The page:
How Parks Canada is trying to prevent tiny tourists from tagging along on firewood

·2 min read
Two firewood drop-off bins like this one will be placed in national park campgrounds in Stanhope and Cavendish this year. (Submitted by Kassidy Matheson - image credit)
Two firewood drop-off bins like this one will be placed in national park campgrounds in Stanhope and Cavendish this year. (Submitted by Kassidy Matheson - image credit)

P.E.I. National Park is expanding its fight against invasive species that can come to the Island on firewood brought by unwitting campers.

"There are some invasives that we absolutely don't want here that are in Nova Scotia [and] New Brunswick," said Beth Hoar, chair of the P.E.I. Invasive Species Council.

The Don't Move Firewood project aims to eliminate out-of-province wood that may carry invasive plant pests such as the emerald ash borer, which can seriously impact tree populations.

To prevent that, Parks Canada is installing firewood drop-off bins in Cavendish and Stanhope, to go along with bins installed last year at visitor centres in Borden-Carleton and Wood Islands.

The bins contain sticky traps so any bugs on the wood can't escape.

A conservation team will monitor the bins to study any key invasive species that have come in with the wood. The bundles of firewood are then taken to P.E.I. Energy Systems to be incinerated.

Campers might not be aware

Kassidy Matheson, invasive species technician with the council, says last year the focus of the program was just getting the drop–off bins in place. But with a busy tourism season ramping up this year, they're now trying to draw more attention to the initiative.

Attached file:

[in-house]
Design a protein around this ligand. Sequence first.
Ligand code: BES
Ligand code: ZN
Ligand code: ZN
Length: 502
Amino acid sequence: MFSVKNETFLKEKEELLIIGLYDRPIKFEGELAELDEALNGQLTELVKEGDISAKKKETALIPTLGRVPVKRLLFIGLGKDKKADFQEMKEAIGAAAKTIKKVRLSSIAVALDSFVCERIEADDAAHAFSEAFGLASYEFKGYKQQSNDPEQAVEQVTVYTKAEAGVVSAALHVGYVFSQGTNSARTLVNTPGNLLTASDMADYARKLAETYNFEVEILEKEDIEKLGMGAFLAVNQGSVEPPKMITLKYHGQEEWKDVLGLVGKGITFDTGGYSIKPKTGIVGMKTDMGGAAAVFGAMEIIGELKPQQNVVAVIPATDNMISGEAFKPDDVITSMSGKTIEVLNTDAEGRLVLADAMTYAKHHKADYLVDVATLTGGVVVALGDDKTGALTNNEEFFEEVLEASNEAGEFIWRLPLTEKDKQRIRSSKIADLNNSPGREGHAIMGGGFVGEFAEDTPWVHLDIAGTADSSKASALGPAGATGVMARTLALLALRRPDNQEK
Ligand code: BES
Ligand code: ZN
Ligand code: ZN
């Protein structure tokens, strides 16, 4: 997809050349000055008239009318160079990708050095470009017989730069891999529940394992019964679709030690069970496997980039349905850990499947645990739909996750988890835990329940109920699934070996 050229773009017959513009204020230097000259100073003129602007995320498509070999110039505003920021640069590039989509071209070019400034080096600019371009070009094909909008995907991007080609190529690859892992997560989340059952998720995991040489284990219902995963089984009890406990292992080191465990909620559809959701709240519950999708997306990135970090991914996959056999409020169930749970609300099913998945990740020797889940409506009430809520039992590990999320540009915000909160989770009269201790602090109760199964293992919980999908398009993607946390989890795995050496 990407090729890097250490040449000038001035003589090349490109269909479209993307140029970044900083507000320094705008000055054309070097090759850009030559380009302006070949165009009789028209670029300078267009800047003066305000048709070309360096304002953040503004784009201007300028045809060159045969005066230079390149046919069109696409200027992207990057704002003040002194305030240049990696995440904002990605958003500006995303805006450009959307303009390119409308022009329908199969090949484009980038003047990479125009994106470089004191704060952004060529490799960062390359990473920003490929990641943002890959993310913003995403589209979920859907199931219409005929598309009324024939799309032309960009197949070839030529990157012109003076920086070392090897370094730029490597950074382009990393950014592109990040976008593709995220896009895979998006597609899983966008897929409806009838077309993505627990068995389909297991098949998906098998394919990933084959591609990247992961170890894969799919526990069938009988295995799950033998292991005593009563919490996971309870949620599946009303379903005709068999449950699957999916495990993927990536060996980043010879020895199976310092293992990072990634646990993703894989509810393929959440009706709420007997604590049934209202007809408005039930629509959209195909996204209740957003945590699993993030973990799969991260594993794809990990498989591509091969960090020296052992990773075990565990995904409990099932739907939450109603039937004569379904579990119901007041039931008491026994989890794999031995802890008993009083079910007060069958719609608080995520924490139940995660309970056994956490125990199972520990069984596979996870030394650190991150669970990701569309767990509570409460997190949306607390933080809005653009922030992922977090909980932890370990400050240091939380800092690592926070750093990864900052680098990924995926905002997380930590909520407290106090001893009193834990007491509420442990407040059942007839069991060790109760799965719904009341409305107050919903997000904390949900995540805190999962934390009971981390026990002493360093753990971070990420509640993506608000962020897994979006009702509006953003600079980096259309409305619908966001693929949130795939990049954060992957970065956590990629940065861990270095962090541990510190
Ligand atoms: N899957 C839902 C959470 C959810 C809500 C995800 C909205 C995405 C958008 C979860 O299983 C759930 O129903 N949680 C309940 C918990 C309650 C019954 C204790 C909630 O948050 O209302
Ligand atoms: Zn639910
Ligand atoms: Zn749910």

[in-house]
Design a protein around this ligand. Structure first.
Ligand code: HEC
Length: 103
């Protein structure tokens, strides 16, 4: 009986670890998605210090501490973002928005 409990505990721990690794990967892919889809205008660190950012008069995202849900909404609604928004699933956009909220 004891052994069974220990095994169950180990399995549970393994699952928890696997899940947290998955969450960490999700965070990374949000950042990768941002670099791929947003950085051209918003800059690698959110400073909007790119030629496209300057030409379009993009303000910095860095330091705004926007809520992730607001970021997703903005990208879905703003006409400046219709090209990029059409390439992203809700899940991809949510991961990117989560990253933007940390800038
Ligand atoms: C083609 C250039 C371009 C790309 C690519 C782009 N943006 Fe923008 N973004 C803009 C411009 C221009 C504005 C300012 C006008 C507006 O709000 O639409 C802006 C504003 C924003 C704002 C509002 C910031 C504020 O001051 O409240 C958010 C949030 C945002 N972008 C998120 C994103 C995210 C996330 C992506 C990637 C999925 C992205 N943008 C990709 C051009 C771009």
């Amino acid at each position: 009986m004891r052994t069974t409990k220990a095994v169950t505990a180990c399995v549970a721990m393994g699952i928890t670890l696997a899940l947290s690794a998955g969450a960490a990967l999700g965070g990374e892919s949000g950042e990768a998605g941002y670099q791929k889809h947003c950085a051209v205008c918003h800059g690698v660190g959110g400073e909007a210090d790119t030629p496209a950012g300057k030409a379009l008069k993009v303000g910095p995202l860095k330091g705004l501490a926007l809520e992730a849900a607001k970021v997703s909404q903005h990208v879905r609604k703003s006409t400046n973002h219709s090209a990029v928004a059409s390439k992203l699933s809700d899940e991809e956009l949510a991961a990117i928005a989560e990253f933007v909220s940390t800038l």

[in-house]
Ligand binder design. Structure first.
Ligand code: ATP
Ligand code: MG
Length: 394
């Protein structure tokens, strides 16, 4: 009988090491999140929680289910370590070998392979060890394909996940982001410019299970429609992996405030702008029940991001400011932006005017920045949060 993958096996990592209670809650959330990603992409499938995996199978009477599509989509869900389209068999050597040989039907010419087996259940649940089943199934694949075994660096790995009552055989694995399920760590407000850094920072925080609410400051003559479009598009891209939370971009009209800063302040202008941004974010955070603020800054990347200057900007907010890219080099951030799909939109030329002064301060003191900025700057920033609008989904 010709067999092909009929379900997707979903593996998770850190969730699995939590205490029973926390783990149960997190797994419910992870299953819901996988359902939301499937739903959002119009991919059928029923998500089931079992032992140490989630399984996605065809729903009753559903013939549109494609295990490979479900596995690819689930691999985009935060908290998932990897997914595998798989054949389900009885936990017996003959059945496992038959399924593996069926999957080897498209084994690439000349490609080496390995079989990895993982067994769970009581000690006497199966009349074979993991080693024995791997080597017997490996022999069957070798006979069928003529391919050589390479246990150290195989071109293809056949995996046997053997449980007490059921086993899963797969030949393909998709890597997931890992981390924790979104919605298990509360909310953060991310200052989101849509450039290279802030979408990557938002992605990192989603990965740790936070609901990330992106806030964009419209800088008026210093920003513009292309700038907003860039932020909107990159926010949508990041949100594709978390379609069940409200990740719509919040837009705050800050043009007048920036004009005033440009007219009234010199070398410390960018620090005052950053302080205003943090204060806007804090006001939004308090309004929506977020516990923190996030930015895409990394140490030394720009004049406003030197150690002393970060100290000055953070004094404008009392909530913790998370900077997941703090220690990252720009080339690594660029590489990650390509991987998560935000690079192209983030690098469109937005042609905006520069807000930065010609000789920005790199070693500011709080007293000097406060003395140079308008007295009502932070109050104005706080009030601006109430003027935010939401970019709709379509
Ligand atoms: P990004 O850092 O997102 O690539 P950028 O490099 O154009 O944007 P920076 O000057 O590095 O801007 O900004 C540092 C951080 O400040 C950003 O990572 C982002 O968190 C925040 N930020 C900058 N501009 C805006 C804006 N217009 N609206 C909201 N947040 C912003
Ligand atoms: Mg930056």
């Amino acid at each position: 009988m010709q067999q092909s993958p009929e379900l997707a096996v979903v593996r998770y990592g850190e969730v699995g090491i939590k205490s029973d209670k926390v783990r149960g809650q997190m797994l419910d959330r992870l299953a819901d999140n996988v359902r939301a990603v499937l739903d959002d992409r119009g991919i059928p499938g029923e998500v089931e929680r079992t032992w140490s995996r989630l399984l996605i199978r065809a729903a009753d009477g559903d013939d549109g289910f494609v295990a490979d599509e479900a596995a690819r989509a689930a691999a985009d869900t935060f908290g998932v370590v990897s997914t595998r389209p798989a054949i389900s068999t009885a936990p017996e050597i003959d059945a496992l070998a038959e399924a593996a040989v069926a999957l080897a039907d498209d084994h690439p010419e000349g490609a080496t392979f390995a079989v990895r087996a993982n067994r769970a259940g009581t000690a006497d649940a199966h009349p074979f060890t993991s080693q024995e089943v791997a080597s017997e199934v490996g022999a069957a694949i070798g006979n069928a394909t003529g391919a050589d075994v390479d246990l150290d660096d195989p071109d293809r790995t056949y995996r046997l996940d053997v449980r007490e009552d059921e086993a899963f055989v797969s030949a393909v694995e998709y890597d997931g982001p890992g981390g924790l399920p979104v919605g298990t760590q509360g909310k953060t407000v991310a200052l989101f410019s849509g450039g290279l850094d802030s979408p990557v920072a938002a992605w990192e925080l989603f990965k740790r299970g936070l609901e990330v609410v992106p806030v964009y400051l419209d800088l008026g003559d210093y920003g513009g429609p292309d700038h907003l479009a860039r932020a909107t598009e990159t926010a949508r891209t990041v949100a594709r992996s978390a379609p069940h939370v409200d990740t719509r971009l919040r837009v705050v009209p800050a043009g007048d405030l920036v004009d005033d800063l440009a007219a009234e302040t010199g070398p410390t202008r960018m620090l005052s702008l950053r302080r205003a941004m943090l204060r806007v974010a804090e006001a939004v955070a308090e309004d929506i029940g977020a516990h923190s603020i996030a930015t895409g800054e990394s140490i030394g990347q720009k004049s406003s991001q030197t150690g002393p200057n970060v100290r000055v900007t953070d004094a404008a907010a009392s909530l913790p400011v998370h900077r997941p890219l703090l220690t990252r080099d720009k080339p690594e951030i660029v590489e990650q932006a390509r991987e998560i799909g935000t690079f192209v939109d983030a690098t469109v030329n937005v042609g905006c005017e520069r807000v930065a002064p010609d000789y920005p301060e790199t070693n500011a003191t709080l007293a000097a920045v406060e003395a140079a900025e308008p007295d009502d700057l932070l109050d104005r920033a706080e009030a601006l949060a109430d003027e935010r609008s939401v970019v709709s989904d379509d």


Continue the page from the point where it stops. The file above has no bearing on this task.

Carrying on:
Hannah Bryenton/CBC
Hannah Bryenton/CBC

"Tourism season is really big on the Island and we have like over a million people, I think, pre-COVID numbers, that would come here and stay during the summer," Matheson said.

"There could be a percentage of those that are campers and that might not be aware of the issue."

Matheson said the goal is to set up even more bins, work with privately owned campgrounds and put up signs to alert more people.

"Prevention is one of the things that we are the most concerned about," said Hoar.

She said the public's awareness of invasive species is crucial because ecosystems are at risk. Some of these species even pose human health risks.

Exchange program

The initiative also includes an exchange program: campers can deposit firewood into one of the disposal bins in exchange for a new, local bundle of wood at participating park locations.

Submitted by Kassidy Matheson
Submitted by Kassidy Matheson

"If we notice visitors bringing their own firewood, we explain that we do not allow firewood from outside of the park, direct them to the drop-off boxes, and offer them a free bundle of firewood in exchange for any firewood they brought in," Parks Canada told CBC News via email.

Even if campers brought wood from P.E.I., it is not allowed in the national park — only wood purchased at the park can be used for fires.

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